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Canoes are being made in Sebago again

August 12, 2004

The Sebago Historical Society prominently displays two wonderfully preserved examples of the boats that used to be made in Sebago. A lap-strake wooden square-ended canoe dominates the exhibit shed, and a traditional double-ended wooden fishing boat sits in the main building. These two were some of the many boats built of cedar by the Sebago Boat and Canoe Company in East Sebago. Curtis Sanborn and Carlton Martin were two of the principles at the firm, and they employed several other locals in the building of their quality boats. Sebago Boats were popular with sportsmen and guides for their stability and ease of handling, and the Sebago Boat and Canoe Company was a small but important part of the commercial life of Sebago from the turn of the last century until the early 1950's.

For a half century there hasn't been a boat building business in Sebago, and now we have two of them - Yankee Airboats and the Bear Creek Canoe Company.

Brenda Moore puts the finishing touches
on a Bear Creek Canoe

Harold Williams started building airboats on Hog Fat Hill as Yankee Air Boats a couple of years ago. He makes airboats for sportsmen and for search and rescue, and it is not unusual to see him testing his craft on the ponds and lakes in the area. His business was written up in the Portland Press Herald recently so I won't go over old ground. However the newest boat company in town has not been and I visited there this week to find out more about it.

In February 2004 Don and Brenda Moore began making fiberglass canoes and kayaks in Sebago as the Bear Creek Canoe Company. As Don showed me around his shop he talked about how he got started in the boat building business.

"Bear Creek Canoes was started in Limerick by Robert Brawn in 1981, when he started making cedar strip canoes and selling them. Bob made his first canoe under a tarp in his front yard with the help of his wife Faith. The demand for cedar strip canoes grew rapidly as did the requests for a line of fiberglass canoes. By the 1990s he was designing and constructing his own line of fiberglass canoes."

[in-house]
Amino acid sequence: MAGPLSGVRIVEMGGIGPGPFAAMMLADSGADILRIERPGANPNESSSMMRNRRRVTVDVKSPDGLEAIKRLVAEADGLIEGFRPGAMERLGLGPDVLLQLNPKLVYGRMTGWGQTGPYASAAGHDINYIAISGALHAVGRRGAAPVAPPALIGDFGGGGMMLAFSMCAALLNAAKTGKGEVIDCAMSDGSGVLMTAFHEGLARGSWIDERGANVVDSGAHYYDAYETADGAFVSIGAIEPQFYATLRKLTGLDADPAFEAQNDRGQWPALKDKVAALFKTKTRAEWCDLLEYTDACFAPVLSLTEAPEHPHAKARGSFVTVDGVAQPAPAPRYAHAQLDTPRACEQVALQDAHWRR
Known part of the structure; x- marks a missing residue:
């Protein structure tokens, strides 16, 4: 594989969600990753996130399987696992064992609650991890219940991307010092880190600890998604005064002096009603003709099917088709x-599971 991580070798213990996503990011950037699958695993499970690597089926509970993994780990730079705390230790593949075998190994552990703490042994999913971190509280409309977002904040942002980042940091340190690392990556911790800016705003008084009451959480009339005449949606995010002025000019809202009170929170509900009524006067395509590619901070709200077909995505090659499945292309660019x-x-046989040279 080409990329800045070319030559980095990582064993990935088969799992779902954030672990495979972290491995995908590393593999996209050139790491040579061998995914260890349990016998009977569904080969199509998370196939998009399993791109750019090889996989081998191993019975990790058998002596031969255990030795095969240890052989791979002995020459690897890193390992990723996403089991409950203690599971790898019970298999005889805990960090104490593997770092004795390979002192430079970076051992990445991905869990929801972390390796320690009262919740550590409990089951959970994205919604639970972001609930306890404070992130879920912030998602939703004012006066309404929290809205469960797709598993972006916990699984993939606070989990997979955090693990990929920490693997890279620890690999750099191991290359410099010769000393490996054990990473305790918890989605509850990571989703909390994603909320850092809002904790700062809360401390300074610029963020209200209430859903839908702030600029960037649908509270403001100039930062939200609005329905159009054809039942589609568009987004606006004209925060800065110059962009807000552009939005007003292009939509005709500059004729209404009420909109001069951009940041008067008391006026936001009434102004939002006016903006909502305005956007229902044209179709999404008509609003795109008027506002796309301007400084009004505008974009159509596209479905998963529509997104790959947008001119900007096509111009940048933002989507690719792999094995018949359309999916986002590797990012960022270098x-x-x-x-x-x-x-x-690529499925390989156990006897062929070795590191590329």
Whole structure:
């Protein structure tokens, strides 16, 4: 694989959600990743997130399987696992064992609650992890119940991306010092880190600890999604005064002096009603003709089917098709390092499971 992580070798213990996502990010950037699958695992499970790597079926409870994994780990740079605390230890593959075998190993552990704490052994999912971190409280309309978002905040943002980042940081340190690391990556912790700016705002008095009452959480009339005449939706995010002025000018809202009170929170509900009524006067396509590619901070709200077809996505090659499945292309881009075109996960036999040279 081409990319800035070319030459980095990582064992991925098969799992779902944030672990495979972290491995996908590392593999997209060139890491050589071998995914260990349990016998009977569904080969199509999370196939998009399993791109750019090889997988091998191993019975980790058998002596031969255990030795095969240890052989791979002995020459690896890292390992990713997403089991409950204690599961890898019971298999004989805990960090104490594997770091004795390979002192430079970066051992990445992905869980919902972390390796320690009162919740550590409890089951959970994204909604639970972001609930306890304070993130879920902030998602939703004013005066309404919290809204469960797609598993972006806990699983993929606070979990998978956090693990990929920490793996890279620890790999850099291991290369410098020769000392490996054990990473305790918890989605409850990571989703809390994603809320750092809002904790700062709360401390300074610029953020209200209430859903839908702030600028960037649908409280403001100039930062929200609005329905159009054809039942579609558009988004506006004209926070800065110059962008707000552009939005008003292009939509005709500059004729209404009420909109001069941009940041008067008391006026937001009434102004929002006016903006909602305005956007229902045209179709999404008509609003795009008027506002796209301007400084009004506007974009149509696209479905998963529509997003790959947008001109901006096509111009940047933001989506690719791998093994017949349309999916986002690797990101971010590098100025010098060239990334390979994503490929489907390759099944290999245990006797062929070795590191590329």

Don continued "I started working with Bob in the 1990's over in Limerick, and when he decided to concentrate on the designing side of the business I bought out the construction side of Bear Creek Canoes from him in 1994."

Don Moore and one of the canoe molds
used at Bear Creek Canoe

"What prompted you to move to Sebago?" I asked.

"We were well established in Limerick, but we had a fire in 1999 that forced us to move to rented quarters at the Limerick Mill. Finally Brenda and I decided to move our operation to the barn behind our home on Swamp Road in Sebago, and we have been here since earlier this year. We have plenty of space to make and store our canoes and kayaks, and it is working out well."

Don and Brenda make about 500 canoes and kayaks a year here. Bear Creek Canoes offers 12 models of canoes and 3 models of kayaks all built using the conventional, open-mold hand-lay process with fiberglass and reinforcing ribs. Molds for each size and model of boat in the Bear Creek line are scattered around the workshop. In making a canoe Don first applies a coating of one of eight gel coat colors to the inside of the mold, then starts laying in fiberglass fabric and resin to make the hull. He then puts down extra material to reinforce the bottom and a finishing interior coat. When dry the canoe shell is removed from the mold and vinyl rails, caned seats, ash carrying yokes and thwarts are added to complete the canoe. Don estimates that each canoe or kayak takes from eight to twelve hours to build depending on the model and finishing touches.

Two of the canoe molds used at Bear Creek Canoe

"We are seeing a resurgence of interest in square stern canoes now by anglers and hunters, and we have four models to meet the demand," Don said. "Kayaks are increasingly popular as well, but the mainstays of our business are our traditional canoe models. They all have a wide beam and are stable, and carry a lot of gear for camping and canoeing trips."

"Do you sell canoes here?" I asked. There were several canoes in different stages of construction in the shop, but I didn't see a sales room anywhere.

As Don showed a couple of customers who had dropped in a selection of kayak paddles in a corner of the shop he said, "We'll take orders from people that drop in or call us here at the shop, and will ship from here also, but most of our boats are sold through our network of dealers. When you go to our website you'll see a list of our dealers in nine different states. Our sales representative and factory outlet is John Gardner in Cumberland, Maine (207-829-3544).

A newly built Bear Creek Canoe

I was impressed with the quality work that Don and Brenda put into their canoes, and was tempted to order one myself. After all, I only have two canoes out back, and neither has the distinction of being a canoe made right here in Sebago. It is nice to know that the spirit of the old Sebago Boat and Canoe Company lives on again in Sebago.

I'd like to thank Ann Burns and Lucretia Douglas for information on the Sebago Boat and Canoe Company.

This article was edited and published in the Neighbors Section of the Portland Press Herald on August 12, 2004 under the title "Boat-building tradition lives on".
Copyright © 2004, Portland Press Herald, used here by permission

Last updated August 24, 2004

Copyright © 2004, Allen Crabtree